The Houston area has had two confirmed cases of CIV in the past month.  While this does not constitute an epidemic, it is serious enough that our doctors want to address the issue before it becomes one.

This virus is especially dangerous because a sick dog can be contagious for up to four days before showing symptoms. Twenty percent of infected dogs show no symptoms at all, but can still spread the virus to others for up to a month. Simply avoiding other dogs that appear sick does not offer any protection from this virus.

Symptoms of CIV can be high fever, coughing, sneezing, nasal and ocular discharge, lethargy, and loss of appetite. There are two strains of the disease: H3N8 and H3N2. Depending on the strain a dog contracts, it may need to be treated and isolated up to four weeks. The mortality rate is below 10%.

Prevention is the best way to avoid an epidemic in our community.  There is now a vaccination that is available to protect dogs from both the H3N8 and the H3N2 strains of CIV. An initial vaccine is followed in three weeks by a second booster. Both are required for proper immunity. Pet Vet Animal Hospitals and the manufacturer of the vaccine are confident of its efficacy.  Should a dog contract the virus after proper vaccination, the manufacture will cover treatment at no charge to our clients.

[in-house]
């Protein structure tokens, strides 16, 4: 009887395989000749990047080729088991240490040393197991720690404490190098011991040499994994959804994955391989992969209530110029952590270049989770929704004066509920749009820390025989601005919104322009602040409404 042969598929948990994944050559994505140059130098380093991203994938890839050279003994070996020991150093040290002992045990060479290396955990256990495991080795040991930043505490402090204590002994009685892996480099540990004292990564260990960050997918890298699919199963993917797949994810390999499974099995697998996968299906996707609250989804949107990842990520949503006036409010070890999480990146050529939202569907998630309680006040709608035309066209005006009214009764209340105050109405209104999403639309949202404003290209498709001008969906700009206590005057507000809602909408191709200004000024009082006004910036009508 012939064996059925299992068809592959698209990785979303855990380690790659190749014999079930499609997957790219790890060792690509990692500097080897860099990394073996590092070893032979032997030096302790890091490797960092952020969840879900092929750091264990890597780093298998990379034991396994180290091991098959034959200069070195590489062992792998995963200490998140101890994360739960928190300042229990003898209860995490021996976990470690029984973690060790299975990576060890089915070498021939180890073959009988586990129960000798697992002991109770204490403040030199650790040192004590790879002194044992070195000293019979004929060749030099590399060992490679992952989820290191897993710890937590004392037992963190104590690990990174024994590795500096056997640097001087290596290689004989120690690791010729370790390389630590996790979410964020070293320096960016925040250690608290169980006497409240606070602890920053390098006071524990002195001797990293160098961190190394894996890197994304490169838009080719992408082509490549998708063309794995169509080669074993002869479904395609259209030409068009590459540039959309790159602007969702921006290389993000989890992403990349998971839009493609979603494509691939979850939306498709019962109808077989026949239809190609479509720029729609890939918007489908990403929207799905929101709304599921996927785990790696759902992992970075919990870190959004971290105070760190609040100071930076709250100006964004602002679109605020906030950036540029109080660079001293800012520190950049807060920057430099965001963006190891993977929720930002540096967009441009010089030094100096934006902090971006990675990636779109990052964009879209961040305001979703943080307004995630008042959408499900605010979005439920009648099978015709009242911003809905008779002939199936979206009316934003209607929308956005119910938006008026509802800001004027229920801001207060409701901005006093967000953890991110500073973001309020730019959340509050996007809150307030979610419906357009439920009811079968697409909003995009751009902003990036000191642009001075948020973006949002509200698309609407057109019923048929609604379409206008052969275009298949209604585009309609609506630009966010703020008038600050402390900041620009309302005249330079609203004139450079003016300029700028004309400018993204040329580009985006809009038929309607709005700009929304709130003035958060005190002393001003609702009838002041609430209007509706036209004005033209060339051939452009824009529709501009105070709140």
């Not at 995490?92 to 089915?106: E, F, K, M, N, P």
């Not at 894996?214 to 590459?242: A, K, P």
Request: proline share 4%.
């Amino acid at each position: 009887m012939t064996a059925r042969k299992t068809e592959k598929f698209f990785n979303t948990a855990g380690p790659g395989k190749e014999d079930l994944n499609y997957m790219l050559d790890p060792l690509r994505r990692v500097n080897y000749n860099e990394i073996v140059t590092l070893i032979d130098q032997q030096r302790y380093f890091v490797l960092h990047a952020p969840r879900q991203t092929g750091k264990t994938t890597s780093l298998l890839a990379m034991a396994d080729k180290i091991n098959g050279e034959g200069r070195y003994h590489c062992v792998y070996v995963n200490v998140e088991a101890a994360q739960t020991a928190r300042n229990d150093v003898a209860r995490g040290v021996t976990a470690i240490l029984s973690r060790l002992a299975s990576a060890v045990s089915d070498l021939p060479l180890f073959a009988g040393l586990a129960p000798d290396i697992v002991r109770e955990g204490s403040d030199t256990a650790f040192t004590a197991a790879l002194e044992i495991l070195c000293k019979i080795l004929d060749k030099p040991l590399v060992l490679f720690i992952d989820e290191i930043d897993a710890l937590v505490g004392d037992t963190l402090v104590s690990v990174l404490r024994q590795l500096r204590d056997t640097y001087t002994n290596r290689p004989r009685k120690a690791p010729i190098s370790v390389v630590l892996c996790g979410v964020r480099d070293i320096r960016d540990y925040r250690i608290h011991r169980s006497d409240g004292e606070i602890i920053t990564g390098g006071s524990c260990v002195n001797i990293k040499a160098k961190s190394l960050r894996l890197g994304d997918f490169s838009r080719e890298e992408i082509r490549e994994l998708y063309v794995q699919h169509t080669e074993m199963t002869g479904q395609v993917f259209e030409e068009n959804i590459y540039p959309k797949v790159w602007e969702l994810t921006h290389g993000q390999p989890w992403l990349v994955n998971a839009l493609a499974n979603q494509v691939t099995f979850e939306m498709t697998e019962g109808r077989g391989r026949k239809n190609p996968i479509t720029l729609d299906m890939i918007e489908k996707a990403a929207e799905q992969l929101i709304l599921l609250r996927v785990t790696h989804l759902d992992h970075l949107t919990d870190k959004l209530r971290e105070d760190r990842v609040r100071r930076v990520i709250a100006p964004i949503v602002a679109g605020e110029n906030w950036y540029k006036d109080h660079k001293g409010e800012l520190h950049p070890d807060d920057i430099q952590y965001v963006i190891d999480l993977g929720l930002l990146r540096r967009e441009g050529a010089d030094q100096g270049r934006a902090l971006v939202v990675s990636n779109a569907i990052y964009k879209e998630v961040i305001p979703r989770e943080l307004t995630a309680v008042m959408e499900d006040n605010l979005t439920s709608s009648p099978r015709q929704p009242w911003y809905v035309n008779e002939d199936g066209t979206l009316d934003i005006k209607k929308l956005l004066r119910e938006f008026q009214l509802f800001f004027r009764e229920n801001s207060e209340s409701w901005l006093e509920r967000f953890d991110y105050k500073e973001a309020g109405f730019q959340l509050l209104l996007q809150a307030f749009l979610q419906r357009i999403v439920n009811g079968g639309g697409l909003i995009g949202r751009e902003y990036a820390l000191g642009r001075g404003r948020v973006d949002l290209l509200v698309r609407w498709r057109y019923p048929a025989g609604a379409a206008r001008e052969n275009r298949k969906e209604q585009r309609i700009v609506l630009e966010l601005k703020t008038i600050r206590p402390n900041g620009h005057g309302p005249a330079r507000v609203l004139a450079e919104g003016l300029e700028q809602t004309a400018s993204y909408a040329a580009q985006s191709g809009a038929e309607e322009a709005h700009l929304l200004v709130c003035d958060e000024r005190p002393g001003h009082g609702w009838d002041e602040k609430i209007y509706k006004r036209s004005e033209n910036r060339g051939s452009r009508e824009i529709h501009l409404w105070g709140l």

Ideally, all dogs should be vaccinated against CIV, however, some dogs are at a higher risk.  Pet Vet feels that it is imperative these “High Risk Dogs” be properly protected by the vaccine.

Your dog is at High Risk if they go to:

  • Day Care
  • Boarding
  • Grooming
  • Dog Parks
  • Dog Shows
  • Dog Friendly Shops and Hotels
  • Anywhere large numbers of other dogs gather.

Just as in humans’ cases, older dogs and dogs with chronic diseases should also be vaccinated since they cannot fight off the effects of the disease. Many boarding facilities now require vaccination against CIV to be admitted.  This is especially important if your family is considering boarding your dog while on a summer vacation. Keep in mind that you have to wait three weeks from the first vaccination until you receive the booster vaccine for full protection.  Plan ahead.

Bottom line, no one can predict if Houston will have an outbreak or an epidemic.  Thankfully, we have not so far, but we cannot predict if or when our luck might run out. It is everyone’s responsibility to protect our pets and the pet-loving community we share. The best way to do this is to prevent the spread of this dangerous virus simply by vaccinating your dog as soon as possible.  If you have any questions regarding CIV, vaccination protocol, or you would like to make an appointment, please call us today at (281) 879-PETS.  Pet Vet Hospitals is here to protect and care for your pets!

Update – 7-28-17